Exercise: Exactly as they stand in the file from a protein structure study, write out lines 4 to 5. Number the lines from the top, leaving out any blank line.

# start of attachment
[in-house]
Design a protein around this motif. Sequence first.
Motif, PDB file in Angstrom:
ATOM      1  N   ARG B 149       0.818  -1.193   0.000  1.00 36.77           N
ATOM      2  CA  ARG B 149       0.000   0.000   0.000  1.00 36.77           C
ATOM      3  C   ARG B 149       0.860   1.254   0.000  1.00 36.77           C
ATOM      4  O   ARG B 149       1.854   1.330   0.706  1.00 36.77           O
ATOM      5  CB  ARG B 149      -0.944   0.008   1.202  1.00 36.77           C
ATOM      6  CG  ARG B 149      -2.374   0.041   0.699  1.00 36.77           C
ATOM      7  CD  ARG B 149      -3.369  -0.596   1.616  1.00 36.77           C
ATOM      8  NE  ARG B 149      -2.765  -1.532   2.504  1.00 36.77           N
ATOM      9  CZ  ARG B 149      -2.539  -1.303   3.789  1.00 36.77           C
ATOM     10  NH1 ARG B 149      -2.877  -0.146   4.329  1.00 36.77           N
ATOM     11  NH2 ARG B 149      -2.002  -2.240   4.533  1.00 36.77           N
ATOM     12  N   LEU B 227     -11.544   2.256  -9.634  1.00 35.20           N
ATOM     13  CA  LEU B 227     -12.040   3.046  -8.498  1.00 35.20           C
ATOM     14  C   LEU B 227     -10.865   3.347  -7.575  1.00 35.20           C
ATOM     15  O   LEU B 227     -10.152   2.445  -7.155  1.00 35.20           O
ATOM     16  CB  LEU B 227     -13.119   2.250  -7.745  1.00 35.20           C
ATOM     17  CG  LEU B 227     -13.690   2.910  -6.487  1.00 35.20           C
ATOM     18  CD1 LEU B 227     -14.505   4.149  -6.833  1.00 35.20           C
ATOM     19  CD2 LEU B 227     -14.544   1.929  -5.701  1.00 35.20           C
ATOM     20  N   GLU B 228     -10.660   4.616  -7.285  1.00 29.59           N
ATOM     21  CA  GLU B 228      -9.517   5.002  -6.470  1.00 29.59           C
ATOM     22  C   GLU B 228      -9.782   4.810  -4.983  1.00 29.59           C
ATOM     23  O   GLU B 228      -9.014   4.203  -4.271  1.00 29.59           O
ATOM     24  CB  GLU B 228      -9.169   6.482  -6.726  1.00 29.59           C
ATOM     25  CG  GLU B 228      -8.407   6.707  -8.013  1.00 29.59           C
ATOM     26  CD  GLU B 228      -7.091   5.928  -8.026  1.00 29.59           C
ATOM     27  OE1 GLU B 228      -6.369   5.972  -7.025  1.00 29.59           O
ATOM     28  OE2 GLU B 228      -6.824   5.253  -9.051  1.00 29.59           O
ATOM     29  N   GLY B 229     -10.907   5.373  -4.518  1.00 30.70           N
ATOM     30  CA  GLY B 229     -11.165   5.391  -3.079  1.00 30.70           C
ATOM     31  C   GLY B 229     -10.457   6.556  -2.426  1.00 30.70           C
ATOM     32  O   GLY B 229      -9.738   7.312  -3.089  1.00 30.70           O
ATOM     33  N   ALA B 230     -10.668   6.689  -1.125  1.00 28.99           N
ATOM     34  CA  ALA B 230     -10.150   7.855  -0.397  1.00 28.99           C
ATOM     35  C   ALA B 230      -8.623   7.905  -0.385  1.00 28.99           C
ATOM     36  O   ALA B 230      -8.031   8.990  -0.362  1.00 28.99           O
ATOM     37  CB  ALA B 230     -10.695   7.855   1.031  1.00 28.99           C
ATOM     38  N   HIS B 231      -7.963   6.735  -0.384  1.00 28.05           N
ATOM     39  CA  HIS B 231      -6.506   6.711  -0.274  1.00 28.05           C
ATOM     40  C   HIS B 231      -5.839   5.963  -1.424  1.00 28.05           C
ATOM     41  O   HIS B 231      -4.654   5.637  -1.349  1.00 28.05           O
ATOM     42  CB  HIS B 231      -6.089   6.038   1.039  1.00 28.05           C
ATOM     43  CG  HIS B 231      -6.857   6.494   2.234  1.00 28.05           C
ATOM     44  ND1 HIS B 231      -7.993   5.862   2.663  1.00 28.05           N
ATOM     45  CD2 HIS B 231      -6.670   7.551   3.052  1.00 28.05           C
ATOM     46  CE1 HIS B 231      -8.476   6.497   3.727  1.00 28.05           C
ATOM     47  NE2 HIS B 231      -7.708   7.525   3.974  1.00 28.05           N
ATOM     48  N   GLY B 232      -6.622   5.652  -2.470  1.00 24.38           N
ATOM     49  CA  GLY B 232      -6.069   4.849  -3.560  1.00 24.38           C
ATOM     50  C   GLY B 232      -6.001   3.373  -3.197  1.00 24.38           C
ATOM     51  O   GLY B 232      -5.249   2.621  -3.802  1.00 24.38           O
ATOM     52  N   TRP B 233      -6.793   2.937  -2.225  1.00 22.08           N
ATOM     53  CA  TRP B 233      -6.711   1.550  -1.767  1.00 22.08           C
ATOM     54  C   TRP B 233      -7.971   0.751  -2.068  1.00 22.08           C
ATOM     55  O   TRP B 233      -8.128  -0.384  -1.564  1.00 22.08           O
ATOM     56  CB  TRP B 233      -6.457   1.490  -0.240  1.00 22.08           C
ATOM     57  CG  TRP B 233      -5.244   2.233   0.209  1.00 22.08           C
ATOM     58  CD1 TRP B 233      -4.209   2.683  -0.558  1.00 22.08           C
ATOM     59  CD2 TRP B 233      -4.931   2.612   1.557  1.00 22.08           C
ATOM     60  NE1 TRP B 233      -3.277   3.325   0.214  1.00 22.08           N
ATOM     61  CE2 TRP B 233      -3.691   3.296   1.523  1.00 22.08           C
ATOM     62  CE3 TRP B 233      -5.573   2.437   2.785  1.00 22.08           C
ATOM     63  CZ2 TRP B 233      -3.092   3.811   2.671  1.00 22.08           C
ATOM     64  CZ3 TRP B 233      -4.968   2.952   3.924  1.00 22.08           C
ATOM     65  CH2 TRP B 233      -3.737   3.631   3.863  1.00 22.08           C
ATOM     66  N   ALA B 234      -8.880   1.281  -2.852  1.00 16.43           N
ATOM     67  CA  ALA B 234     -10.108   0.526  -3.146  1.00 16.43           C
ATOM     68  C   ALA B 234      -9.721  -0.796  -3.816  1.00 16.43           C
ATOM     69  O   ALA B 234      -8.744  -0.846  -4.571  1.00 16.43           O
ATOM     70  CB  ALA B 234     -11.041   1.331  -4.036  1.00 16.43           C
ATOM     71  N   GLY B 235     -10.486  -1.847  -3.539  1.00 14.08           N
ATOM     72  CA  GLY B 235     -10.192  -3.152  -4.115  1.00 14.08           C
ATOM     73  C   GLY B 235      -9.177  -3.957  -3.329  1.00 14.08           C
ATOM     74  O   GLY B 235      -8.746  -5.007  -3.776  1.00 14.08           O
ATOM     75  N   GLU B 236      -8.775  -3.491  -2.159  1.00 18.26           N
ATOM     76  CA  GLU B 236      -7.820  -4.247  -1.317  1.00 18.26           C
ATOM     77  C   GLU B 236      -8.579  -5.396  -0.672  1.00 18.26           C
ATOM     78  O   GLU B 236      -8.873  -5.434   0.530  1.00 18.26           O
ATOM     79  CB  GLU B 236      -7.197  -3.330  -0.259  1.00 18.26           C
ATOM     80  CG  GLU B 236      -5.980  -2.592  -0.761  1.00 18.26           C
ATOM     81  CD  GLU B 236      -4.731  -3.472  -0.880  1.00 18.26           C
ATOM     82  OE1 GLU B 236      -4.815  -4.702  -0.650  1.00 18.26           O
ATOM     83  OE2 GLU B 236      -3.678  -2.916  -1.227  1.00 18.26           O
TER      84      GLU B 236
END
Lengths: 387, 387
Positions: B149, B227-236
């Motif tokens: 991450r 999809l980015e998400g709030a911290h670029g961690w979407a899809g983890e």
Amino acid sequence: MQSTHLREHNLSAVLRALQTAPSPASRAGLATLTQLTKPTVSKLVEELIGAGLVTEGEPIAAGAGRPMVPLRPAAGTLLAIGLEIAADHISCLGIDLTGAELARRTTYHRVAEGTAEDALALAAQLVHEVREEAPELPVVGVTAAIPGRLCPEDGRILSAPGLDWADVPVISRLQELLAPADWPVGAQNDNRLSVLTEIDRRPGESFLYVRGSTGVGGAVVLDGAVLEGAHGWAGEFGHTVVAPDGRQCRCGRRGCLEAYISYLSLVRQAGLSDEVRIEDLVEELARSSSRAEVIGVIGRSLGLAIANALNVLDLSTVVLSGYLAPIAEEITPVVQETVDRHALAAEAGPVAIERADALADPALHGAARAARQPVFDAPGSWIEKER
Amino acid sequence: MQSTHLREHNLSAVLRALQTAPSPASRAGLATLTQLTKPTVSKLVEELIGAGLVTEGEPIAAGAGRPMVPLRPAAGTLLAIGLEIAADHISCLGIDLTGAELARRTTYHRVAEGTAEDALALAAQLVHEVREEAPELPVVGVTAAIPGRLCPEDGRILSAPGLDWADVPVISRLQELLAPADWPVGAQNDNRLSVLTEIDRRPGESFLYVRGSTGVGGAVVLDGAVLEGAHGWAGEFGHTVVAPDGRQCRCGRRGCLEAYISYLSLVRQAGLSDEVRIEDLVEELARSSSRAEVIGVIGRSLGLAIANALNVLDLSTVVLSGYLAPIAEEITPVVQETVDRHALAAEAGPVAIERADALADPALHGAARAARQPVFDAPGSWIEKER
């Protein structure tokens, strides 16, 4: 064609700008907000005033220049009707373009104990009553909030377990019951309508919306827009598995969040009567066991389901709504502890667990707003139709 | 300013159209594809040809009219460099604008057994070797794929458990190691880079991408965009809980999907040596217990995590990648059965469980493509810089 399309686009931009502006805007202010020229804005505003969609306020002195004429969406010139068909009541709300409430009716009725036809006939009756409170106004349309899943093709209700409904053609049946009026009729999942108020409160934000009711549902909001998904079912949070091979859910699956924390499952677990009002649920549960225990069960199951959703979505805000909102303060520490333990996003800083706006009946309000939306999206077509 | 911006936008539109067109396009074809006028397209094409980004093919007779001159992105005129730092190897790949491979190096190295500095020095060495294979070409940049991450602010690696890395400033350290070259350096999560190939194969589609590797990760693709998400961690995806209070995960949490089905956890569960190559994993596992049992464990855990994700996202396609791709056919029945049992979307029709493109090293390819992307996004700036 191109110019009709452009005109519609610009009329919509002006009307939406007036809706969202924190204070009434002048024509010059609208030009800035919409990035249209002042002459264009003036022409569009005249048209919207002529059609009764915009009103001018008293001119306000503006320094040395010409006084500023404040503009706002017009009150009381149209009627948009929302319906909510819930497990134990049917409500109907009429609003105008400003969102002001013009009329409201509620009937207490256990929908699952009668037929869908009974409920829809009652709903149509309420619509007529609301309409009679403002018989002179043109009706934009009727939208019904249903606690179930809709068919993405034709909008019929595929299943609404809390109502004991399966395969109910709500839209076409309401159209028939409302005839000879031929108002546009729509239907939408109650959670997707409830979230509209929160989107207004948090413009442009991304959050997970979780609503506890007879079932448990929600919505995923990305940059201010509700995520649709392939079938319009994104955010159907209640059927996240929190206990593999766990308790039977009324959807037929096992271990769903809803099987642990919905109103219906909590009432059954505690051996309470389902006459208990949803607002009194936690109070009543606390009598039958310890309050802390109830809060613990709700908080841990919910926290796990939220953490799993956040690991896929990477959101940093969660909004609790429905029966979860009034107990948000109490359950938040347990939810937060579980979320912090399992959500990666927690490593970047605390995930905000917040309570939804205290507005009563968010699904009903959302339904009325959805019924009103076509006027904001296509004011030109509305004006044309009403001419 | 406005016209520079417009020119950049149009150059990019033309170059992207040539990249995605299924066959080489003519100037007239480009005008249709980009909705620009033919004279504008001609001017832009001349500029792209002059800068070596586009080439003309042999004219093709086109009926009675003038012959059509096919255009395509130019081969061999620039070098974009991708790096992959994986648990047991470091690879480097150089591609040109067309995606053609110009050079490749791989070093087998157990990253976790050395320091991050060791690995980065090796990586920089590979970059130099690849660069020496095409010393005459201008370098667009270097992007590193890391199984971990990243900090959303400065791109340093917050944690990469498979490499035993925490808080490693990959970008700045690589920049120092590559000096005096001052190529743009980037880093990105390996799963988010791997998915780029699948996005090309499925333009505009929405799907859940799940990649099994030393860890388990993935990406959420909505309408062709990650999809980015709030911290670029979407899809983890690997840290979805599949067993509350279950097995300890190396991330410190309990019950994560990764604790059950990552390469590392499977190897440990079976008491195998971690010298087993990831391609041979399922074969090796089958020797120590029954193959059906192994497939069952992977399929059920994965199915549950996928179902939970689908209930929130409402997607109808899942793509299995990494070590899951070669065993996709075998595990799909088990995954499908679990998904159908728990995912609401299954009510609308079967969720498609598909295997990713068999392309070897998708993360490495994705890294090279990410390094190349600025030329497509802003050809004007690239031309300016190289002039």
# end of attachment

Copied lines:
ATOM      1  N   ARG B 149       0.818  -1.193   0.000  1.00 36.77           N
ATOM      2  CA  ARG B 149       0.000   0.000   0.000  1.00 36.77           C